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Today's Stichomancy for Halle Berry

The first excerpt represents the element of Air. It speaks of mental influences and the process of thought, and is drawn from The Picture of Dorian Gray by Oscar Wilde:

And what sort of lives do these people, who pose as being moral, lead themselves? My dear fellow, you forget that we are in the native land of the hypocrite."

"Dorian," cried Hallward, "that is not the question. England is bad enough I know, and English society is all wrong. That is the reason why I want you to be fine. You have not been fine. One has a right to judge of a man by the effect he has over his friends. Yours seem to lose all sense of honour, of goodness, of purity. You have filled them with a madness for pleasure. They have gone down into the depths. You led them there. Yes: you led them there, and yet you


The Picture of Dorian Gray
The second excerpt represents the element of Fire. It speaks of emotional influences and base passions, and is drawn from Little Rivers by Henry van Dyke:

How the heart expands at such a view! Nine miles of shining water lay stretched before us, opening through the mountains that guarded it on both sides with lofty walls of green and gray, ridge over ridge, point beyond point, until the vista ended in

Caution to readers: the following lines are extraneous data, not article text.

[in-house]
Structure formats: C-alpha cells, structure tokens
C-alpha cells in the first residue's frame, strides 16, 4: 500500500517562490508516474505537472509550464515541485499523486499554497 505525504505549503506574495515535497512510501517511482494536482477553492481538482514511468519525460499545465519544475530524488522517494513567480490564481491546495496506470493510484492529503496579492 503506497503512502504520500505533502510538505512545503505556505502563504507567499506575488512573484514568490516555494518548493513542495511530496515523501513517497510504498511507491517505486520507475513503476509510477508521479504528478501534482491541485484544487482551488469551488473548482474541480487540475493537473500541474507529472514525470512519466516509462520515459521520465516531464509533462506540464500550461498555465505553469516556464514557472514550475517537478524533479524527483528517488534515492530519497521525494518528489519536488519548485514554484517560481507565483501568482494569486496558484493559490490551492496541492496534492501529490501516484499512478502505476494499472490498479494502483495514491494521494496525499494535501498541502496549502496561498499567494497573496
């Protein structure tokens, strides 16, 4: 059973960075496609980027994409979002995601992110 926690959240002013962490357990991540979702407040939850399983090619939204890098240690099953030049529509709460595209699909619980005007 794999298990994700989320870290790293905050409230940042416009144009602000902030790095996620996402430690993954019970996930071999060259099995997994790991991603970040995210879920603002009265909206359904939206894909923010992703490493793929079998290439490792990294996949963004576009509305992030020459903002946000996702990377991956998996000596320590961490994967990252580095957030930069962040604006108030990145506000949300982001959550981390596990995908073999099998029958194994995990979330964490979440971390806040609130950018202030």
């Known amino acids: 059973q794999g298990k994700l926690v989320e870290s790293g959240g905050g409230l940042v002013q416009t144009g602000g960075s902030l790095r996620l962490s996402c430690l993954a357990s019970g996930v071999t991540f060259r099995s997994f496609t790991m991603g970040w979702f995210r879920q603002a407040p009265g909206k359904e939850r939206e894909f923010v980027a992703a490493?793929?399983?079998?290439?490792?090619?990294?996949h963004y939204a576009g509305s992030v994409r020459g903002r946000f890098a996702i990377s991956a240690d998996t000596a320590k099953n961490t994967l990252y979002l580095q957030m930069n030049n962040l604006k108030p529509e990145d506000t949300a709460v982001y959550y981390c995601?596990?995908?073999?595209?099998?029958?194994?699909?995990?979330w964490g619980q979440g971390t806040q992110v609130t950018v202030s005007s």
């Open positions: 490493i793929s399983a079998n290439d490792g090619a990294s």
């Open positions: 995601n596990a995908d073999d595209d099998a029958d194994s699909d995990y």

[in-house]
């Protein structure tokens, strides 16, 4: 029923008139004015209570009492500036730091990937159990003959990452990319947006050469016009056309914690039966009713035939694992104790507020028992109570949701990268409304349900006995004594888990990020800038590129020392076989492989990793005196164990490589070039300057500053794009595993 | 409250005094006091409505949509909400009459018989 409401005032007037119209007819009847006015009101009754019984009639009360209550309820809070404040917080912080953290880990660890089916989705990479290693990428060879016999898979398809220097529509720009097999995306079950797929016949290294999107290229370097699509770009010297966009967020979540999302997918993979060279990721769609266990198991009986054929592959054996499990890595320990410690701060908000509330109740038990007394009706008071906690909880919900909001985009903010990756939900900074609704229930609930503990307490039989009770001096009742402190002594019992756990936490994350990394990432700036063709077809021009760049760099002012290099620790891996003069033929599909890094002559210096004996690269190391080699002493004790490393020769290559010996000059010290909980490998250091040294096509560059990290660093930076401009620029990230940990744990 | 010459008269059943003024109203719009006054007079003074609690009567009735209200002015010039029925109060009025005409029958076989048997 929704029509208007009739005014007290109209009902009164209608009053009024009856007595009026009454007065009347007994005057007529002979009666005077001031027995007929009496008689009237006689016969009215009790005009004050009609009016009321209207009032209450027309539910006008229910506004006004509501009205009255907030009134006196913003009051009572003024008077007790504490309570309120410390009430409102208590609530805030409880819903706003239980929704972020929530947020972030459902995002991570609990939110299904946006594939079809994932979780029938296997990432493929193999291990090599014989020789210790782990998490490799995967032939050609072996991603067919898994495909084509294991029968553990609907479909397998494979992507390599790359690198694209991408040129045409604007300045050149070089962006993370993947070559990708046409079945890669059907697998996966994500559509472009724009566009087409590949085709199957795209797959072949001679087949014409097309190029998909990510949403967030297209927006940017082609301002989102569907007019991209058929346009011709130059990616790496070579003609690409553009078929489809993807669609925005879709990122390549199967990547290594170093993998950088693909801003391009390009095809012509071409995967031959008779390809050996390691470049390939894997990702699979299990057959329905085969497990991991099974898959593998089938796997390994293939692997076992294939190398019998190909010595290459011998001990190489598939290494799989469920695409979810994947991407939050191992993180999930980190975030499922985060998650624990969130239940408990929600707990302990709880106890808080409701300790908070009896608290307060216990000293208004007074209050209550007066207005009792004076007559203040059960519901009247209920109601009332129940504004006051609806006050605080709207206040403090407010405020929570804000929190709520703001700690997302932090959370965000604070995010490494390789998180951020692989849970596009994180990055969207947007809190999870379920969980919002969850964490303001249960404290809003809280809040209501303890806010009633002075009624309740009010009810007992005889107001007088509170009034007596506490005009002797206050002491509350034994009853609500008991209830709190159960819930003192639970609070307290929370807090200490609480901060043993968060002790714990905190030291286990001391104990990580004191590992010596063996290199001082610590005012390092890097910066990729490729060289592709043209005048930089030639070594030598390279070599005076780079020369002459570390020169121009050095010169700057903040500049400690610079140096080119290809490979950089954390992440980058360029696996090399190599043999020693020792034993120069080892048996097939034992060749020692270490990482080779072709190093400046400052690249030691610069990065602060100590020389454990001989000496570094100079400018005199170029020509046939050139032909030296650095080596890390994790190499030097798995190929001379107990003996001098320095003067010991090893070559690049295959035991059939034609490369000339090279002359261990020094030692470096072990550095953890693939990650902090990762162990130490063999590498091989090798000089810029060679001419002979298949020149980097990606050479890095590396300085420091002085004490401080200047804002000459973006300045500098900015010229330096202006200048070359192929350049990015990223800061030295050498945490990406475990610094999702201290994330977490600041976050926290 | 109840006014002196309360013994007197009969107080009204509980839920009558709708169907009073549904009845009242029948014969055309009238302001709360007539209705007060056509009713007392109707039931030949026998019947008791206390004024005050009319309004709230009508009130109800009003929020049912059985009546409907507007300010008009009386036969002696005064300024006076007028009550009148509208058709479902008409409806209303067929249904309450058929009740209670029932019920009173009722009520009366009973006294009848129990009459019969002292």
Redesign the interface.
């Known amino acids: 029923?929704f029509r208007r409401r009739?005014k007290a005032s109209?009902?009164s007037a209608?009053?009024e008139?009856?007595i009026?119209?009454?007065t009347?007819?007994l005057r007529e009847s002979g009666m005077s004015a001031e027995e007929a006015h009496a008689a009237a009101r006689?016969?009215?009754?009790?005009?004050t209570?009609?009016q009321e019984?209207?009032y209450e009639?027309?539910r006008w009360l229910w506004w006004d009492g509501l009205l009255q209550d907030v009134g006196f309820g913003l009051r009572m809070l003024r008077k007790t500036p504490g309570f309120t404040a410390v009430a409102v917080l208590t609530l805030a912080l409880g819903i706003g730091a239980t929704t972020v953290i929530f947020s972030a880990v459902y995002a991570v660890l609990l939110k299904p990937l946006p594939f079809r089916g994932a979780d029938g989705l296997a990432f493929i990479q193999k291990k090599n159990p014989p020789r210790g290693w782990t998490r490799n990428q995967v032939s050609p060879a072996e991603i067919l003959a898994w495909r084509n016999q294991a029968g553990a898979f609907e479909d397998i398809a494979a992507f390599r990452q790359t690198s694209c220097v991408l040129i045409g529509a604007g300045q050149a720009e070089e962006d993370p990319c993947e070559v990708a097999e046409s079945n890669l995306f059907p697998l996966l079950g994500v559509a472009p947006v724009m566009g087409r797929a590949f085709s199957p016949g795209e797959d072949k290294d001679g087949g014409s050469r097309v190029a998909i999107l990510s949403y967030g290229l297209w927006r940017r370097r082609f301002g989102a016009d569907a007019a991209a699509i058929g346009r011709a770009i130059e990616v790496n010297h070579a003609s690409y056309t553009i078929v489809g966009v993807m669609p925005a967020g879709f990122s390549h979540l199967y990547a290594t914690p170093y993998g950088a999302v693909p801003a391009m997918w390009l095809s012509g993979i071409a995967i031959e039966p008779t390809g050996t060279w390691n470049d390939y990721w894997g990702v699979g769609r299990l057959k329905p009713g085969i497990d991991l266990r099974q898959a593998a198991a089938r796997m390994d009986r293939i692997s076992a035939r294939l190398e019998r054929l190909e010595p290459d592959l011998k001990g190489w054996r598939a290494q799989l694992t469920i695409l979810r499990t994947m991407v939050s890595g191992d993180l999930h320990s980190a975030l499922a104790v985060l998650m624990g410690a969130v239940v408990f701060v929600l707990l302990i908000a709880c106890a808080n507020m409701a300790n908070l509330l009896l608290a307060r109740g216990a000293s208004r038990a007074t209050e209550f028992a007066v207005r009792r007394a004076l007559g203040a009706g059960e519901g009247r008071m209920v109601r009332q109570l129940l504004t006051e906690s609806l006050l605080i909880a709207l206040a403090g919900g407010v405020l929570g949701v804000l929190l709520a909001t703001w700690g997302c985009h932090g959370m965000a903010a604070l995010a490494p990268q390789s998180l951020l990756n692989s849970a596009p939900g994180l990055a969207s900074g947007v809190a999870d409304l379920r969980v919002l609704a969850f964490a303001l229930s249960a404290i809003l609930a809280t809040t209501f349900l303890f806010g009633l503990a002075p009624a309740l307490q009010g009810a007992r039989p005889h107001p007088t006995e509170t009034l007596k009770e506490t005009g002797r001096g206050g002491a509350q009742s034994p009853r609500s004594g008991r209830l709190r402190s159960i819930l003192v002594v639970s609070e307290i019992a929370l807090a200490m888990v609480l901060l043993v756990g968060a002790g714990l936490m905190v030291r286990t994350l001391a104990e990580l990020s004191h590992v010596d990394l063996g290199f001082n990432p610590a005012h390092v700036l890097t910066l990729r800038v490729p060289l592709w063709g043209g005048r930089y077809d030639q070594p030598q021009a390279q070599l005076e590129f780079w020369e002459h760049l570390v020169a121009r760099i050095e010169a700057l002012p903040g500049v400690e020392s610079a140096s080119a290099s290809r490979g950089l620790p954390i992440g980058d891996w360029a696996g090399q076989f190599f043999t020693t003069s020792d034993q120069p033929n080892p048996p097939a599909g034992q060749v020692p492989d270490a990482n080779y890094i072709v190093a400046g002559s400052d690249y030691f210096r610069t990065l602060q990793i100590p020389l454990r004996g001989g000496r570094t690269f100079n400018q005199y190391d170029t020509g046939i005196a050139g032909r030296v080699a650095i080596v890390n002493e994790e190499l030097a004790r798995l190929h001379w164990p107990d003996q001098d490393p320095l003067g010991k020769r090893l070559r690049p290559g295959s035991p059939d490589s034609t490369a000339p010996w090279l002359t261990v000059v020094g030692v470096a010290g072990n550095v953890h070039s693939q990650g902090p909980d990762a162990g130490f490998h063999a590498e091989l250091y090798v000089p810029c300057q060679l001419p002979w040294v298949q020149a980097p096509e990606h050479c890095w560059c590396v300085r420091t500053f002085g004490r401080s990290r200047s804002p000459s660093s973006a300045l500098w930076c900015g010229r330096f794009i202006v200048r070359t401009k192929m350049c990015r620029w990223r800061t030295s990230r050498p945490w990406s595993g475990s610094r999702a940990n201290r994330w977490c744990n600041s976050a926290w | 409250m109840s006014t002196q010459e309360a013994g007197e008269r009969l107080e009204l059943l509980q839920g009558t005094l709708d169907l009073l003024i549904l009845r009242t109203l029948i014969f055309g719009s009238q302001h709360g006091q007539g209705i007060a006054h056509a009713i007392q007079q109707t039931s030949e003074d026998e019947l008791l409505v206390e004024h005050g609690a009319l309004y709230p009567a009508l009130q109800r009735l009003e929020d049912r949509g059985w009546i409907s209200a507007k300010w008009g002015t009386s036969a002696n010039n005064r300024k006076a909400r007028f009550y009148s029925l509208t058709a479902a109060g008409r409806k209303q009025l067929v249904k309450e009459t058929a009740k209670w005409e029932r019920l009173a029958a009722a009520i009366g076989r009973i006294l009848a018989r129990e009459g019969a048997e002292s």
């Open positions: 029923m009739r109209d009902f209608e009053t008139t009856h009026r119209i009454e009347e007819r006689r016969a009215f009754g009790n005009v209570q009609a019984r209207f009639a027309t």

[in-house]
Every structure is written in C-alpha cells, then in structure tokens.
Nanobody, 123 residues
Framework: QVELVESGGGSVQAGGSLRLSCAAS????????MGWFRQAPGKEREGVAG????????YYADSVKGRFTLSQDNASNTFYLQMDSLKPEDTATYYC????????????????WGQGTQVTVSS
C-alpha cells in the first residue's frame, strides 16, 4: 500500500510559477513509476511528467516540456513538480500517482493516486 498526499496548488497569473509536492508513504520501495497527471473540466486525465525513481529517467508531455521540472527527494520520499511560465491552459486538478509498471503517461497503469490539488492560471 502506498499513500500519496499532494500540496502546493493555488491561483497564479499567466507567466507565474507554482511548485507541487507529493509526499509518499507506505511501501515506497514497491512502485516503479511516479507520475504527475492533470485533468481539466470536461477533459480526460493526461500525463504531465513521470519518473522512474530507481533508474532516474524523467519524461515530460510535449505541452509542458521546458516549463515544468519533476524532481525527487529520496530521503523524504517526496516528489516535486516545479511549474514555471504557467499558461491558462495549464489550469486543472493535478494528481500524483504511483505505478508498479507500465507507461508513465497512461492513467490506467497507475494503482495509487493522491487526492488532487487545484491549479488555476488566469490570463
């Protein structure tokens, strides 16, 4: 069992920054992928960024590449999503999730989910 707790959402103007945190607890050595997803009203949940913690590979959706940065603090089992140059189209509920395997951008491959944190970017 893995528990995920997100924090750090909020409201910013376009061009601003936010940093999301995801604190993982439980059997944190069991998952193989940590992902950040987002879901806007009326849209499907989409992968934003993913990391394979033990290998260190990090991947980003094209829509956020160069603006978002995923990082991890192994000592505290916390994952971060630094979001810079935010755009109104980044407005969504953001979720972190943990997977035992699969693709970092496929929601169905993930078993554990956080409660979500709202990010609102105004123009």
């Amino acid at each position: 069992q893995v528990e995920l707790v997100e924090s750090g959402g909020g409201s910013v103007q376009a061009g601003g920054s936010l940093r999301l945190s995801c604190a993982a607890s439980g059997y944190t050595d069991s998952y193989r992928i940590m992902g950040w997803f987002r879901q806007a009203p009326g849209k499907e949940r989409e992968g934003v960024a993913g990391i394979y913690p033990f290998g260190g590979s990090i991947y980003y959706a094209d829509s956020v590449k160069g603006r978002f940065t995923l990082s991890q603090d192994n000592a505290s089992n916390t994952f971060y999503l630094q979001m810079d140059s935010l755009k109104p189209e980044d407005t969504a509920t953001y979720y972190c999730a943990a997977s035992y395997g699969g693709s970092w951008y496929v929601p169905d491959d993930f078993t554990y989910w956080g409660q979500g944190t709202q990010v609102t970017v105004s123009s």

"You orange sunset waning slow."

At a moment like this one feels a sense of exultation. It is a new discovery of the joy of living. And yet, my friend and I confessed to each other, there was a tinge of sadness, an inexplicable regret mingled with our joy. Was it the thought of how few human eyes had even seen that lovely vision? Was it the dim foreboding that we might never see it again? Who can explain the secret pathos of

The third excerpt represents the element of Water. It speaks of pure spiritual influences and feelings of love, and is drawn from Helen of Troy And Other Poems by Sara Teasdale:

The broad unfurling banners of the dawn, A faery forest where there sleeps a Faun; Our souls are fain of solitudes like these. O woman who divined our weariness, And set the crown of silence on your art, From what undreamed-of depth within your heart Have you sent forth the hush that makes us free To hear an instant, high above earth's stress, The silent music of infinity?

The Return

I turned the key and opened wide the door

The fourth excerpt represents the element of Earth. It speaks of physical influences and the impact of the unseen on the visible world, and is drawn from The Crowd by Gustave le Bon:

with any ease, merely bear, as I have often repeated, upon names and outward forms.

This circumstance is not to be regretted. Neither a national genius nor civilisation would be possible without traditions. In consequence man's two great concerns since he has existed have been to create a network of traditions which he afterwards endeavours to destroy when their beneficial effects have worn themselves out. Civilisation is impossible without traditions, and progress impossible without the destruction of those traditions. The difficulty, and it is an immense difficulty, is to find a proper equilibrium between stability and variability.